It was the ending that just had me rolling my eyes. The romance with Jude was used as a bat and switch, a way to set-up the possibility he was a bad egg in the future, not her. The story never managed to incorporate a lead-up to the big twist at the end regarding Jude to even make any sense as to what happened. Long and short of it, Simone's "friend" Emma is obsessed with Jude since they apparently dated before he and Simone got together. Emma, who is already apparently happily married to Mark, set-up Mystic Maggie to tell Simone these things about her future to keep her away from Jude. Five years later Simone finds out, and Emma goes bad-movie batshit and tries to steal Jude and Simone's children, nearly kills Simone and gets locked up. Helen then hunts down the fortune teller so she can tell Simone what really happened, and apparently this is the magic bullet that finally frees Simone from her descent into madness.

So. The takeaway from this is that Emma must have already known that Simone was prone to mental breakdowns and obsessions for this fortune teller's lie to have affected her so badly. Right? No idea. It's not introduced at any point before the first scene. She has some emotional baggage as her father recently died, but that doesn't automatically equal mental breakdown. So, if she didn't know the possible effect on Simone, why even bother? Simone could have just shrugged it off. What would Emma have done, turn into the mischievous little hurt fairy and just constantly play stupid little tricks on her to keep her away from Jude? A grown, married woman (an insane grown woman apparently, but still) acting like a jealous 12-year-old until the end of time? And apparently both Helen and Emma knew before even Jude did that he was going to ask Simone out? If Helen knew then why didn't she just tell her best friend this was the case? That he was already thinking about asking her out well before the fortune teller experience to show it wasn't really fortune telling? Or told her at any point at all that Jude's intention was exactly that.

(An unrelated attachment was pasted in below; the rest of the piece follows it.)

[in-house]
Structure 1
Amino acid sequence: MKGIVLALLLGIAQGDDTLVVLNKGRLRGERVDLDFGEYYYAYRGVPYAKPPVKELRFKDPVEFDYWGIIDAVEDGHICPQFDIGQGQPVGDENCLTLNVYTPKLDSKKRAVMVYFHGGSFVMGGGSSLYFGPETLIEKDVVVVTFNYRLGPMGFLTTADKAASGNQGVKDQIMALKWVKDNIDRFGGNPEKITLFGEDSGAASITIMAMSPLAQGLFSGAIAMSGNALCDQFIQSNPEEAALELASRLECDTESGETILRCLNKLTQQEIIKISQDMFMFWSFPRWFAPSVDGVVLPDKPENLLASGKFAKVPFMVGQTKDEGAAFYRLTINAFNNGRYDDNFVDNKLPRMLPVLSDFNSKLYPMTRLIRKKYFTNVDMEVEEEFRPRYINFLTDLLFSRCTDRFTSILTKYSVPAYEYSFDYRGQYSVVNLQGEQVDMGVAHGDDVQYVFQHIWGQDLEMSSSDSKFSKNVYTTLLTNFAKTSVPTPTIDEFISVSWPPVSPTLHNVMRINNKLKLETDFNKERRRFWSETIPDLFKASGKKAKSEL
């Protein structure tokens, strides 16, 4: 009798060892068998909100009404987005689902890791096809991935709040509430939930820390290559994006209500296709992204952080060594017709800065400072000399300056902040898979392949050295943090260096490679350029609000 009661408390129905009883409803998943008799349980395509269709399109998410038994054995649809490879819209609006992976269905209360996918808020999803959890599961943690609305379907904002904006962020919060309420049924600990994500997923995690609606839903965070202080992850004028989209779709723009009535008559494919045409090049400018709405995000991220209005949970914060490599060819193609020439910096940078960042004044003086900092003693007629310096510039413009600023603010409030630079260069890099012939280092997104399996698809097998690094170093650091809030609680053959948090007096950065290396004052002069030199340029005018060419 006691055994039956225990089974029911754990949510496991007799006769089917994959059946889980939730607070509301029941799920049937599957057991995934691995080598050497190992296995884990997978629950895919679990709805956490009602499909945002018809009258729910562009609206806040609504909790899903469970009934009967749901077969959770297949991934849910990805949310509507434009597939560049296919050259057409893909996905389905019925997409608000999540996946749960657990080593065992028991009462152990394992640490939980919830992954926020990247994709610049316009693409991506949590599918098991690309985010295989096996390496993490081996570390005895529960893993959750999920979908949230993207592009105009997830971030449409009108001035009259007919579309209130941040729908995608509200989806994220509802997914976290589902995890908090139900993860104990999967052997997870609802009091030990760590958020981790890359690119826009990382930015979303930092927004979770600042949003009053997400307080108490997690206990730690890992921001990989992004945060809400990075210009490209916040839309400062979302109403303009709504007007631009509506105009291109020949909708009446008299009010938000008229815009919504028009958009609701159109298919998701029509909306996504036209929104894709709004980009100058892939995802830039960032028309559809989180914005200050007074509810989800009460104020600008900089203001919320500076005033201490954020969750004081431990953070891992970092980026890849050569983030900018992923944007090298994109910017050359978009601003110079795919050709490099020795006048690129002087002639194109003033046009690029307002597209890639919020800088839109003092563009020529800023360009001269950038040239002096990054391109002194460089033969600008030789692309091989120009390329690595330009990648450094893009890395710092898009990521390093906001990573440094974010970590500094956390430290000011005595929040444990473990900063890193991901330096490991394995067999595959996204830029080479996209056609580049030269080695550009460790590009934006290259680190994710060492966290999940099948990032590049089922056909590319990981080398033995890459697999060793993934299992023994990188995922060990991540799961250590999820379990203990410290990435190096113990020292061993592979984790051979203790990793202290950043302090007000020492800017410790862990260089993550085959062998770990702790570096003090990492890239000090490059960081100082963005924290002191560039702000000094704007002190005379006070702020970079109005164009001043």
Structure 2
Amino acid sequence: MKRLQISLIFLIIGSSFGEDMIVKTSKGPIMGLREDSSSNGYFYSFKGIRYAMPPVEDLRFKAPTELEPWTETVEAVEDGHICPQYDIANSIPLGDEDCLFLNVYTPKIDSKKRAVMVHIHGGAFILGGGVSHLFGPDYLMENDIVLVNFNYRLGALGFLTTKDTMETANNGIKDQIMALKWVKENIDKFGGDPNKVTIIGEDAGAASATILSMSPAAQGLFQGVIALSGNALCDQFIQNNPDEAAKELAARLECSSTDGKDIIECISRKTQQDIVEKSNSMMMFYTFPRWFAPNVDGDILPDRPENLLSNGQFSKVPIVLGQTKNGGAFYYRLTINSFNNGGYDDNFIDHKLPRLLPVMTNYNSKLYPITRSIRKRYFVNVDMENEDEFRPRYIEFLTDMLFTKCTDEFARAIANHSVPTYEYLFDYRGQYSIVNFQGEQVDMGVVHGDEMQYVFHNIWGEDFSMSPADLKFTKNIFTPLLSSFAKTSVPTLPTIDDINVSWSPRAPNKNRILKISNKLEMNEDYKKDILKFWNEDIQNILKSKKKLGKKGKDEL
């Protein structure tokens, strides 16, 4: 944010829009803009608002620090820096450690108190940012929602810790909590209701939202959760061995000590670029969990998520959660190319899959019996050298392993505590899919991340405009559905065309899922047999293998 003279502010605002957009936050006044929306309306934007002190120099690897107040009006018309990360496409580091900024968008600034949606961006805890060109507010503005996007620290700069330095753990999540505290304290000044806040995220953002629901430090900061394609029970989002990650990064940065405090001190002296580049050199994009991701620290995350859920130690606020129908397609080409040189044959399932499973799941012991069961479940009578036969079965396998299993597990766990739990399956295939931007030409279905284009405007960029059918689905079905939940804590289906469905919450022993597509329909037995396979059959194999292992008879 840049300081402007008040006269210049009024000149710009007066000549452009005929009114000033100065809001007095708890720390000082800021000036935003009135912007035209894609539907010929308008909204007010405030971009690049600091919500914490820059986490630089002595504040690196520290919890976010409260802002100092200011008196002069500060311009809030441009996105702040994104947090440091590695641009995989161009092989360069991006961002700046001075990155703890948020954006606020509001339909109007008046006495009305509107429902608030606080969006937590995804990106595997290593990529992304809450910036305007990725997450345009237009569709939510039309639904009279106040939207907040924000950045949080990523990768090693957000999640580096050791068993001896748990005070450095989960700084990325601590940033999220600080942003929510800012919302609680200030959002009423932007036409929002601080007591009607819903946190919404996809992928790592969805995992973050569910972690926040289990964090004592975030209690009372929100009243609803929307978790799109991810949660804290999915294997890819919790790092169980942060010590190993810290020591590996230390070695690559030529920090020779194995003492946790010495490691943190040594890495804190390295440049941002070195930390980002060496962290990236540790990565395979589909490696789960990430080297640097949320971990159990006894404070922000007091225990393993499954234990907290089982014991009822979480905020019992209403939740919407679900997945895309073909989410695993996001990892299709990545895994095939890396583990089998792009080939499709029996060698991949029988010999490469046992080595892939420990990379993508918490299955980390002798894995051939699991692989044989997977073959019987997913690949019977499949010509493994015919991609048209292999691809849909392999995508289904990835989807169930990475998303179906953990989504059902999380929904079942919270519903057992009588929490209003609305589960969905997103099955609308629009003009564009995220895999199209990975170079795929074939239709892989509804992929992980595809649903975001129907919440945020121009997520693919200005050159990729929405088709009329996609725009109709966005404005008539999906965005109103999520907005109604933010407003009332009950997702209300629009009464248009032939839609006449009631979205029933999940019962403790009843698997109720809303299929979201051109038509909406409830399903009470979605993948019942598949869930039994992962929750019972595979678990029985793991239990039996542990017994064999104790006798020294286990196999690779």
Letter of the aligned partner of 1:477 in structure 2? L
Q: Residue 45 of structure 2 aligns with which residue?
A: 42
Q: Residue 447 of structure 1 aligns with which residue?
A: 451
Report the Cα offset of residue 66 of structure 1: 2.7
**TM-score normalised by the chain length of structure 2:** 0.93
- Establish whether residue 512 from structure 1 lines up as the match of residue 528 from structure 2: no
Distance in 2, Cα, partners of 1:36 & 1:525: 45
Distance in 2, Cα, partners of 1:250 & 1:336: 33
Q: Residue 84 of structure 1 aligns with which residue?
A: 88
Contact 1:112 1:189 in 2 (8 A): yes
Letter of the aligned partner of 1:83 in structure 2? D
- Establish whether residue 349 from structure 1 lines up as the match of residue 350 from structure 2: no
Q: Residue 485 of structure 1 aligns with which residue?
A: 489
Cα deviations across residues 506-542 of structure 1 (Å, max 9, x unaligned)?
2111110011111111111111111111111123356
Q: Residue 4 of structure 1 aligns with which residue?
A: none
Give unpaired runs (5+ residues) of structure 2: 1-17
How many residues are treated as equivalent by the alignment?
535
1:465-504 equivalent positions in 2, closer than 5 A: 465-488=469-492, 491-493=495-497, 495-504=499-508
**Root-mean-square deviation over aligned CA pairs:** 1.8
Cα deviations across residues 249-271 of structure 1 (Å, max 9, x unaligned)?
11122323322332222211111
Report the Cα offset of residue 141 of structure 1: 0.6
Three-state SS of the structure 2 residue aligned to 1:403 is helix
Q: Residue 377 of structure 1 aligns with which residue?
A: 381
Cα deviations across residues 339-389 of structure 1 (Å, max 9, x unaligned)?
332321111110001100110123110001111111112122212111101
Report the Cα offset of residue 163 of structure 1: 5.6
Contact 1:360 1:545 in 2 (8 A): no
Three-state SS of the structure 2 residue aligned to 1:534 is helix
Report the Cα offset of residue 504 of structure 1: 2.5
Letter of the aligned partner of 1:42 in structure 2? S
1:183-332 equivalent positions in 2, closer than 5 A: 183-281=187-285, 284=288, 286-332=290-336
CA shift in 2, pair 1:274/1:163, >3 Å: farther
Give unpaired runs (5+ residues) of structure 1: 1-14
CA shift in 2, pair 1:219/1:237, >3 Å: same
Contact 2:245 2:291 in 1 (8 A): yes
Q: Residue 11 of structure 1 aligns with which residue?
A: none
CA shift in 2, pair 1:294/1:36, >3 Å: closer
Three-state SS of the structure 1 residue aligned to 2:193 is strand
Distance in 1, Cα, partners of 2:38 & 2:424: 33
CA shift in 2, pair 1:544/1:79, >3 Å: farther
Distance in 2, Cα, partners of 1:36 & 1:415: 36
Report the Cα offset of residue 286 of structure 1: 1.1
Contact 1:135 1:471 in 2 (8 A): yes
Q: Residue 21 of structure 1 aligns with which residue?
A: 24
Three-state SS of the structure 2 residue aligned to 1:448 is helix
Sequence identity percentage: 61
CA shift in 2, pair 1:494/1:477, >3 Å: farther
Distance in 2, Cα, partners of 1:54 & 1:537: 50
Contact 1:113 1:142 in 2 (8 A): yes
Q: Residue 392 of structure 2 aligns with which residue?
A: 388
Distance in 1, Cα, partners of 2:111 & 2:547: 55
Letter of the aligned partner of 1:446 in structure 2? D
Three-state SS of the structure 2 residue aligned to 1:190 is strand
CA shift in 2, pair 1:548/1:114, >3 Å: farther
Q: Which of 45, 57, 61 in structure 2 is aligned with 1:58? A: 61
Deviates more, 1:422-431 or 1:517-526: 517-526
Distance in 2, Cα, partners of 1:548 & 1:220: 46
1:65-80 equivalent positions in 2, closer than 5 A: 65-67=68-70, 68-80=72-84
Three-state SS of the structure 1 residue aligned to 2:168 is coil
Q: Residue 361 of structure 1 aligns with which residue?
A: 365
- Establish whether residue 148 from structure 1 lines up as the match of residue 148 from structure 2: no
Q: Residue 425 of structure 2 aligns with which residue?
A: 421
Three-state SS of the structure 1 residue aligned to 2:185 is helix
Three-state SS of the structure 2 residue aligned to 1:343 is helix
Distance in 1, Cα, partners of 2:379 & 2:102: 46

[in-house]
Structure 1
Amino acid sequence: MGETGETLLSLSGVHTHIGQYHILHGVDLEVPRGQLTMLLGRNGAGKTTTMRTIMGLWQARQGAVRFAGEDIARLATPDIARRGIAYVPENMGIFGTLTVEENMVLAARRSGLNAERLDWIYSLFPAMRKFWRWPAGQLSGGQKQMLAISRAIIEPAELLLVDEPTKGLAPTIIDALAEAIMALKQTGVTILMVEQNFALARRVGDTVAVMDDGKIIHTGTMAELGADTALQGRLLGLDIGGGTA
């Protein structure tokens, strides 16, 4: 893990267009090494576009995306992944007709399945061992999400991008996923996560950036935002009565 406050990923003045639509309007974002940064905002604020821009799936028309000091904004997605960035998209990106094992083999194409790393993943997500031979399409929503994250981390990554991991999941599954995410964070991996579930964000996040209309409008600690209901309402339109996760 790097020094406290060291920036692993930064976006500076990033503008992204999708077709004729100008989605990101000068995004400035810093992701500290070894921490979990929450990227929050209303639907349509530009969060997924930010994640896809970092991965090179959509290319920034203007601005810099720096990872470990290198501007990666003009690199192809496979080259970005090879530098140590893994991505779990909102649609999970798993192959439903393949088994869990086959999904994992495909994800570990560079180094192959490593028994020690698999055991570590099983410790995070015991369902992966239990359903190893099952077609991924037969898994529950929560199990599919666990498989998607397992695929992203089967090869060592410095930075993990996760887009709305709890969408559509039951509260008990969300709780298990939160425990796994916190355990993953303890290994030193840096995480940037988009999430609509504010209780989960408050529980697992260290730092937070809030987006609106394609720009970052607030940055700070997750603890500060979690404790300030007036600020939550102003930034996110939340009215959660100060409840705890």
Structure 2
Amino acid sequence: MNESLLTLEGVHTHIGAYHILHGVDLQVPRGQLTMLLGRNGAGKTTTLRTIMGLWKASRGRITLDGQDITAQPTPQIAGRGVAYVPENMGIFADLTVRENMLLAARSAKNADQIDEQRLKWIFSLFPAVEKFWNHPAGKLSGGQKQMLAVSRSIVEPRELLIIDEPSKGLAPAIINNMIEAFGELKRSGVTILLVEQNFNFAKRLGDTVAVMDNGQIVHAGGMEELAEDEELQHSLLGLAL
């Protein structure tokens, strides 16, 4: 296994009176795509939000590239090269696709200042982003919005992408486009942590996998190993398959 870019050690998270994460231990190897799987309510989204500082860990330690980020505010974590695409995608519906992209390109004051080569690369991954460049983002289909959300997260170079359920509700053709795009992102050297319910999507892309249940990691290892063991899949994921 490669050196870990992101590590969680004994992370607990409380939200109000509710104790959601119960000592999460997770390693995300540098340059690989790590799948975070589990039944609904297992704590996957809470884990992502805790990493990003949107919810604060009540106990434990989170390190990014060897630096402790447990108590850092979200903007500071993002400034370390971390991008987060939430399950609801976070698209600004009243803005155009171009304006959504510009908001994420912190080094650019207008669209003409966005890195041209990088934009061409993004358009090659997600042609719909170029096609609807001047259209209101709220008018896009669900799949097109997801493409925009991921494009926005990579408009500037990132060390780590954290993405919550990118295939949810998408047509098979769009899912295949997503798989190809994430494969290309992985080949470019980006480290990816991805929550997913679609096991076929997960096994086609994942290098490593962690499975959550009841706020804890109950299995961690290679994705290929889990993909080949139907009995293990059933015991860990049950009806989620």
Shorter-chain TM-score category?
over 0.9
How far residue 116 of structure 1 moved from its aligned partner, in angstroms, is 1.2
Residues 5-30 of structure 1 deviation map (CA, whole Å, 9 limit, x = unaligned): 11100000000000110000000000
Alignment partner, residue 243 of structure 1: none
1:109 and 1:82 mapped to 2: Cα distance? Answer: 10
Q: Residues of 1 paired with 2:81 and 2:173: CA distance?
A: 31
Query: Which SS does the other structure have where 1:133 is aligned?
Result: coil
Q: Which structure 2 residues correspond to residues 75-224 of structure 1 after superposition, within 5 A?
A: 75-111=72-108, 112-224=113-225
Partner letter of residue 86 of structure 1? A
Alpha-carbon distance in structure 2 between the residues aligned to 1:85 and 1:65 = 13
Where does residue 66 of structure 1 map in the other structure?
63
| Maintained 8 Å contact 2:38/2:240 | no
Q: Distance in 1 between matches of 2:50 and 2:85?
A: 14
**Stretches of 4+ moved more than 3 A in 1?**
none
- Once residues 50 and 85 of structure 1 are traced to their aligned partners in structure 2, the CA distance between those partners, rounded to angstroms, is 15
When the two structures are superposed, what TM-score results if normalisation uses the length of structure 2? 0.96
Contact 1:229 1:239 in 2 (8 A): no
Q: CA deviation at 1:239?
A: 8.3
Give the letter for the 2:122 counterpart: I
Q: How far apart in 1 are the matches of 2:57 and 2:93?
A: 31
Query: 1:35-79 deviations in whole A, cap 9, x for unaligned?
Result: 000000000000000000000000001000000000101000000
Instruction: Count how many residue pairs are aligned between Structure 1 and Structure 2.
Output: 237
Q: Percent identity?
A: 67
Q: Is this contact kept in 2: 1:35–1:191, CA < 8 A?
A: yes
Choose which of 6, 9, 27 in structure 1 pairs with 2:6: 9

This book is so unbalanced in all the ways it shouldn't be. The bits that were supposed to be intriguing and gasp! moments, like two of the fortune teller's readings coming true for Emma and Shiv, and the disaster happening after 5-years, just felt like they were put there because they'd already been introduced and needed to be justified for the "thriller/mystery" label. The mental health issues weren't developed subtly, they were laid out in clear detail, which doused the flames of conflict. I think if the story about the breakdown of Simone's mental health was focused on better, and the jealousy treated like it was actually a real growing threat, and not some silly playground battle, then it certainly would have been a story much more worth reading. Unfortunately the clash of silly and serious deeply at odds, and ended up making the book of less importance that it could have been.

The macguffin Tom storyline doesn't even really bear reliving.

I'm unlikely to pick up another book from the author, though this one was from the Amazon First Reads, so worth the cost.